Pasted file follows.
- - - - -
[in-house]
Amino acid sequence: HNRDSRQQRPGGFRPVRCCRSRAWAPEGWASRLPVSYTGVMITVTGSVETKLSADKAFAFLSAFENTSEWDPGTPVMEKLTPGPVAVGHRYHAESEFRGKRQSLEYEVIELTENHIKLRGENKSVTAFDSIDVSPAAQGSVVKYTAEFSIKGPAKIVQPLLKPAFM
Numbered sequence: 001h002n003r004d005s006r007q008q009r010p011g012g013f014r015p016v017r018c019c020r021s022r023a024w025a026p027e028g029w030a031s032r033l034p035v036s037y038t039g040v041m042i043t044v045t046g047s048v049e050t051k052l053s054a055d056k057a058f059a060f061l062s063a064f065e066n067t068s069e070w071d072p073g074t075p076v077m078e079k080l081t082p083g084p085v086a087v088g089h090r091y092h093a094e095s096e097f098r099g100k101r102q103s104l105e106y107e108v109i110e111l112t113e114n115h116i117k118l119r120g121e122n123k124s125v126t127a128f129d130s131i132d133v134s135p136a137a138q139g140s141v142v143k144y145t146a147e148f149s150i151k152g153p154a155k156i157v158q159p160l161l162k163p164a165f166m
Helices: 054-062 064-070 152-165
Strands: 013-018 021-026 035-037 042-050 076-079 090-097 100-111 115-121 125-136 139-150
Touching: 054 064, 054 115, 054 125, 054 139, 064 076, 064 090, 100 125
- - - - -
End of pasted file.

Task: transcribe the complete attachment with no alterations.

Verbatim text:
[in-house]
Amino acid sequence: HNRDSRQQRPGGFRPVRCCRSRAWAPEGWASRLPVSYTGVMITVTGSVETKLSADKAFAFLSAFENTSEWDPGTPVMEKLTPGPVAVGHRYHAESEFRGKRQSLEYEVIELTENHIKLRGENKSVTAFDSIDVSPAAQGSVVKYTAEFSIKGPAKIVQPLLKPAFM
Numbered sequence: 001h002n003r004d005s006r007q008q009r010p011g012g013f014r015p016v017r018c019c020r021s022r023a024w025a026p027e028g029w030a031s032r033l034p035v036s037y038t039g040v041m042i043t044v045t046g047s048v049e050t051k052l053s054a055d056k057a058f059a060f061l062s063a064f065e066n067t068s069e070w071d072p073g074t075p076v077m078e079k080l081t082p083g084p085v086a087v088g089h090r091y092h093a094e095s096e097f098r099g100k101r102q103s104l105e106y107e108v109i110e111l112t113e114n115h116i117k118l119r120g121e122n123k124s125v126t127a128f129d130s131i132d133v134s135p136a137a138q139g140s141v142v143k144y145t146a147e148f149s150i151k152g153p154a155k156i157v158q159p160l161l162k163p164a165f166m
Helices: 054-062 064-070 152-165
Strands: 013-018 021-026 035-037 042-050 076-079 090-097 100-111 115-121 125-136 139-150
Touching: 054 064, 054 115, 054 125, 054 139, 064 076, 064 090, 100 125